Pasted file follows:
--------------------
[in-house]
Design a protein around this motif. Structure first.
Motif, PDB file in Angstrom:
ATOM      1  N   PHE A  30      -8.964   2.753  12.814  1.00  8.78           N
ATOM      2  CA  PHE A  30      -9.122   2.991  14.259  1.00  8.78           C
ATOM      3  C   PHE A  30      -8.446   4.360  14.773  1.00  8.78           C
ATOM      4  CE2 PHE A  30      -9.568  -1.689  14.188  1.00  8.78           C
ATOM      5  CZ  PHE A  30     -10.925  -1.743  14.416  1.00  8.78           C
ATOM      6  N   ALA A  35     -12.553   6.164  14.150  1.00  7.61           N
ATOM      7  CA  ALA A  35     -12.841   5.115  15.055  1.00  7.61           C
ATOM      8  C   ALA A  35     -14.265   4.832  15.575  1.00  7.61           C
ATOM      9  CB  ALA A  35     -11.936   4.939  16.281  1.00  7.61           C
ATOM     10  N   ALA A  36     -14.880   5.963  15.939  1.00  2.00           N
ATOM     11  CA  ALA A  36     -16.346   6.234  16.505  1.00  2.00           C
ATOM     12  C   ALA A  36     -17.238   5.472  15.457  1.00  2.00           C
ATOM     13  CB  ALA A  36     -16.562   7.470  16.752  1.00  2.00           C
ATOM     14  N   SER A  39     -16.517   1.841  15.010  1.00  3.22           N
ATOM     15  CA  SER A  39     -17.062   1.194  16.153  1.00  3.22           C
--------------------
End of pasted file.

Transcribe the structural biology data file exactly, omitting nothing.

[in-house]
Design a protein around this motif. Structure first.
Motif, PDB file in Angstrom:
ATOM      1  N   PHE A  30      -8.964   2.753  12.814  1.00  8.78           N
ATOM      2  CA  PHE A  30      -9.122   2.991  14.259  1.00  8.78           C
ATOM      3  C   PHE A  30      -8.446   4.360  14.773  1.00  8.78           C
ATOM      4  CE2 PHE A  30      -9.568  -1.689  14.188  1.00  8.78           C
ATOM      5  CZ  PHE A  30     -10.925  -1.743  14.416  1.00  8.78           C
ATOM      6  N   ALA A  35     -12.553   6.164  14.150  1.00  7.61           N
ATOM      7  CA  ALA A  35     -12.841   5.115  15.055  1.00  7.61           C
ATOM      8  C   ALA A  35     -14.265   4.832  15.575  1.00  7.61           C
ATOM      9  CB  ALA A  35     -11.936   4.939  16.281  1.00  7.61           C
ATOM     10  N   ALA A  36     -14.880   5.963  15.939  1.00  2.00           N
ATOM     11  CA  ALA A  36     -16.346   6.234  16.505  1.00  2.00           C
ATOM     12  C   ALA A  36     -17.238   5.472  15.457  1.00  2.00           C
ATOM     13  CB  ALA A  36     -16.562   7.470  16.752  1.00  2.00           C
ATOM     14  N   SER A  39     -16.517   1.841  15.010  1.00  3.22           N
ATOM     15  CA  SER A  39     -17.062   1.194  16.153  1.00  3.22           C